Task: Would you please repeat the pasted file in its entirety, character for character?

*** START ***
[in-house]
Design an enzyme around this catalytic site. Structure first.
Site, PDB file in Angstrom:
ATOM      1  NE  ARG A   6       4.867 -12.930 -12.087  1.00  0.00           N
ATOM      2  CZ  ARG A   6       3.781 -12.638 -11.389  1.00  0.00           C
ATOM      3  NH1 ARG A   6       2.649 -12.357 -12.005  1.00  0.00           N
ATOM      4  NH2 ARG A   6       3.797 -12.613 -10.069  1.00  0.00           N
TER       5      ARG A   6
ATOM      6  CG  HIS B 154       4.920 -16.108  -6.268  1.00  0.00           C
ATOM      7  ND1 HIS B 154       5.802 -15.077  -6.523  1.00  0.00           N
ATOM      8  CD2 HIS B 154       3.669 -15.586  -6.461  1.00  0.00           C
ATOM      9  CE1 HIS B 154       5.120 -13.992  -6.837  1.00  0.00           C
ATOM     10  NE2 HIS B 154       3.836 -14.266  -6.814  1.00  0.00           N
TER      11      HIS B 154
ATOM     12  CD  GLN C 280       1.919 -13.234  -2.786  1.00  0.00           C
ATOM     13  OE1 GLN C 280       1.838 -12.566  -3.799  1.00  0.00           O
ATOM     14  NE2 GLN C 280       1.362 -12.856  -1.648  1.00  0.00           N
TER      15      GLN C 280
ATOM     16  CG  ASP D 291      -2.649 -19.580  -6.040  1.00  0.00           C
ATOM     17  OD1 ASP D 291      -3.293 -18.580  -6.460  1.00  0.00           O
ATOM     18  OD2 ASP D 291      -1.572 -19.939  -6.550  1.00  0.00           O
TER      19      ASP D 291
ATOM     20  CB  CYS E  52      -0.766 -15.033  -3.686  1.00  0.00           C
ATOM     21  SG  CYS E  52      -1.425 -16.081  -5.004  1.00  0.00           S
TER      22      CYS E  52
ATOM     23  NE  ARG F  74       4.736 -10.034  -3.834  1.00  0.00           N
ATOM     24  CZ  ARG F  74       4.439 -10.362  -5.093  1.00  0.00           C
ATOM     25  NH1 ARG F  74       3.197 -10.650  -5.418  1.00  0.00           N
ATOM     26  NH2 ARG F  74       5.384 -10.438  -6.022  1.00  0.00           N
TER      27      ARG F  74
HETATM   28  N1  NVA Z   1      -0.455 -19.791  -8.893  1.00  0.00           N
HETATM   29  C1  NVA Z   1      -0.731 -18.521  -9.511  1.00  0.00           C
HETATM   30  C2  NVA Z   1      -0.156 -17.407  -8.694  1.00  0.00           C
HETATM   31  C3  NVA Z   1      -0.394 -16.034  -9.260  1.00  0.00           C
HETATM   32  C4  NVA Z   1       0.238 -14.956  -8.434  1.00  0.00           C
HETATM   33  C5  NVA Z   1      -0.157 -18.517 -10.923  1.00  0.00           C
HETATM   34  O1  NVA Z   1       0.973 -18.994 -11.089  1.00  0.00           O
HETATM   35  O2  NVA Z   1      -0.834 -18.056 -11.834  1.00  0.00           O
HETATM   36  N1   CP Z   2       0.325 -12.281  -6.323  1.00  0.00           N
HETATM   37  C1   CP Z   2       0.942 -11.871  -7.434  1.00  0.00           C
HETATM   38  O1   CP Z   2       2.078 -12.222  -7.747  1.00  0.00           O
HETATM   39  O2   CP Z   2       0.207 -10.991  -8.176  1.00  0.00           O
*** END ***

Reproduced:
[in-house]
Design an enzyme around this catalytic site. Structure first.
Site, PDB file in Angstrom:
ATOM      1  NE  ARG A   6       4.867 -12.930 -12.087  1.00  0.00           N
ATOM      2  CZ  ARG A   6       3.781 -12.638 -11.389  1.00  0.00           C
ATOM      3  NH1 ARG A   6       2.649 -12.357 -12.005  1.00  0.00           N
ATOM      4  NH2 ARG A   6       3.797 -12.613 -10.069  1.00  0.00           N
TER       5      ARG A   6
ATOM      6  CG  HIS B 154       4.920 -16.108  -6.268  1.00  0.00           C
ATOM      7  ND1 HIS B 154       5.802 -15.077  -6.523  1.00  0.00           N
ATOM      8  CD2 HIS B 154       3.669 -15.586  -6.461  1.00  0.00           C
ATOM      9  CE1 HIS B 154       5.120 -13.992  -6.837  1.00  0.00           C
ATOM     10  NE2 HIS B 154       3.836 -14.266  -6.814  1.00  0.00           N
TER      11      HIS B 154
ATOM     12  CD  GLN C 280       1.919 -13.234  -2.786  1.00  0.00           C
ATOM     13  OE1 GLN C 280       1.838 -12.566  -3.799  1.00  0.00           O
ATOM     14  NE2 GLN C 280       1.362 -12.856  -1.648  1.00  0.00           N
TER      15      GLN C 280
ATOM     16  CG  ASP D 291      -2.649 -19.580  -6.040  1.00  0.00           C
ATOM     17  OD1 ASP D 291      -3.293 -18.580  -6.460  1.00  0.00           O
ATOM     18  OD2 ASP D 291      -1.572 -19.939  -6.550  1.00  0.00           O
TER      19      ASP D 291
ATOM     20  CB  CYS E  52      -0.766 -15.033  -3.686  1.00  0.00           C
ATOM     21  SG  CYS E  52      -1.425 -16.081  -5.004  1.00  0.00           S
TER      22      CYS E  52
ATOM     23  NE  ARG F  74       4.736 -10.034  -3.834  1.00  0.00           N
ATOM     24  CZ  ARG F  74       4.439 -10.362  -5.093  1.00  0.00           C
ATOM     25  NH1 ARG F  74       3.197 -10.650  -5.418  1.00  0.00           N
ATOM     26  NH2 ARG F  74       5.384 -10.438  -6.022  1.00  0.00           N
TER      27      ARG F  74
HETATM   28  N1  NVA Z   1      -0.455 -19.791  -8.893  1.00  0.00           N
HETATM   29  C1  NVA Z   1      -0.731 -18.521  -9.511  1.00  0.00           C
HETATM   30  C2  NVA Z   1      -0.156 -17.407  -8.694  1.00  0.00           C
HETATM   31  C3  NVA Z   1      -0.394 -16.034  -9.260  1.00  0.00           C
HETATM   32  C4  NVA Z   1       0.238 -14.956  -8.434  1.00  0.00           C
HETATM   33  C5  NVA Z   1      -0.157 -18.517 -10.923  1.00  0.00           C
HETATM   34  O1  NVA Z   1       0.973 -18.994 -11.089  1.00  0.00           O
HETATM   35  O2  NVA Z   1      -0.834 -18.056 -11.834  1.00  0.00           O
HETATM   36  N1   CP Z   2       0.325 -12.281  -6.323  1.00  0.00           N
HETATM   37  C1   CP Z   2       0.942 -11.871  -7.434  1.00  0.00           C
HETATM   38  O1   CP Z   2       2.078 -12.222  -7.747  1.00  0.00           O
HETATM   39  O2   CP Z   2       0.207 -10.991  -8.176  1.00  0.00           O